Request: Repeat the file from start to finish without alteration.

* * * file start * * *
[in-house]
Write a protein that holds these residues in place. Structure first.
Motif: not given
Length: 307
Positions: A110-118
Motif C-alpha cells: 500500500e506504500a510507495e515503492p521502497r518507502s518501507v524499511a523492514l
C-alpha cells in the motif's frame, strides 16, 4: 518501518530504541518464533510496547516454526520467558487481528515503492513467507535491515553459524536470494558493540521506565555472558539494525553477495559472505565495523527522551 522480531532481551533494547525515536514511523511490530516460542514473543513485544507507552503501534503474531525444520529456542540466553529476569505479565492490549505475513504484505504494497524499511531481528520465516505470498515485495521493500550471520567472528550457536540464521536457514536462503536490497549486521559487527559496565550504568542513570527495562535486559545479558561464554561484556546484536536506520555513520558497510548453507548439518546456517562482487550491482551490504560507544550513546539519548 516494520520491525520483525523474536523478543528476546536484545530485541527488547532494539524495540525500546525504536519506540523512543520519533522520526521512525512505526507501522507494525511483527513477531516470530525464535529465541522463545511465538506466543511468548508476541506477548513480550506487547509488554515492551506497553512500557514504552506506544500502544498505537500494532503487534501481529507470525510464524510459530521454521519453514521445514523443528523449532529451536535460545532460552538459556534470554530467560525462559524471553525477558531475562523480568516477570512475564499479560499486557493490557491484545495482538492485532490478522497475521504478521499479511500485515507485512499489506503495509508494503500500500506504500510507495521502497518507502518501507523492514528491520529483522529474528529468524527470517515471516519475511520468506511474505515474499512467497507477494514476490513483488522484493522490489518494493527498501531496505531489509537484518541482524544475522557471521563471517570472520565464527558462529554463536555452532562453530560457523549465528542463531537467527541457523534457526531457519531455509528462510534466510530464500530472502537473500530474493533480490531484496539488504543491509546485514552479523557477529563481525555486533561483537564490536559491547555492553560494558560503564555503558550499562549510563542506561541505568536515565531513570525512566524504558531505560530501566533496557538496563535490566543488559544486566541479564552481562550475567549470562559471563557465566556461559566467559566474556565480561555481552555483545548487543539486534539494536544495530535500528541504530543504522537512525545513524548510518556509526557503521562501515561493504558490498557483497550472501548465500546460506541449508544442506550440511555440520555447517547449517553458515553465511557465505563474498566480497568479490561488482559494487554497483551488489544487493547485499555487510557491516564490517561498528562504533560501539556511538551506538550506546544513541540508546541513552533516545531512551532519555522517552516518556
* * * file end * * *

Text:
[in-house]
Write a protein that holds these residues in place. Structure first.
Motif: not given
Length: 307
Positions: A110-118
Motif C-alpha cells: 500500500e506504500a510507495e515503492p521502497r518507502s518501507v524499511a523492514l
C-alpha cells in the motif's frame, strides 16, 4: 518501518530504541518464533510496547516454526520467558487481528515503492513467507535491515553459524536470494558493540521506565555472558539494525553477495559472505565495523527522551 522480531532481551533494547525515536514511523511490530516460542514473543513485544507507552503501534503474531525444520529456542540466553529476569505479565492490549505475513504484505504494497524499511531481528520465516505470498515485495521493500550471520567472528550457536540464521536457514536462503536490497549486521559487527559496565550504568542513570527495562535486559545479558561464554561484556546484536536506520555513520558497510548453507548439518546456517562482487550491482551490504560507544550513546539519548 516494520520491525520483525523474536523478543528476546536484545530485541527488547532494539524495540525500546525504536519506540523512543520519533522520526521512525512505526507501522507494525511483527513477531516470530525464535529465541522463545511465538506466543511468548508476541506477548513480550506487547509488554515492551506497553512500557514504552506506544500502544498505537500494532503487534501481529507470525510464524510459530521454521519453514521445514523443528523449532529451536535460545532460552538459556534470554530467560525462559524471553525477558531475562523480568516477570512475564499479560499486557493490557491484545495482538492485532490478522497475521504478521499479511500485515507485512499489506503495509508494503500500500506504500510507495521502497518507502518501507523492514528491520529483522529474528529468524527470517515471516519475511520468506511474505515474499512467497507477494514476490513483488522484493522490489518494493527498501531496505531489509537484518541482524544475522557471521563471517570472520565464527558462529554463536555452532562453530560457523549465528542463531537467527541457523534457526531457519531455509528462510534466510530464500530472502537473500530474493533480490531484496539488504543491509546485514552479523557477529563481525555486533561483537564490536559491547555492553560494558560503564555503558550499562549510563542506561541505568536515565531513570525512566524504558531505560530501566533496557538496563535490566543488559544486566541479564552481562550475567549470562559471563557465566556461559566467559566474556565480561555481552555483545548487543539486534539494536544495530535500528541504530543504522537512525545513524548510518556509526557503521562501515561493504558490498557483497550472501548465500546460506541449508544442506550440511555440520555447517547449517553458515553465511557465505563474498566480497568479490561488482559494487554497483551488489544487493547485499555487510557491516564490517561498528562504533560501539556511538551506538550506546544513541540508546541513552533516545531512551532519555522517552516518556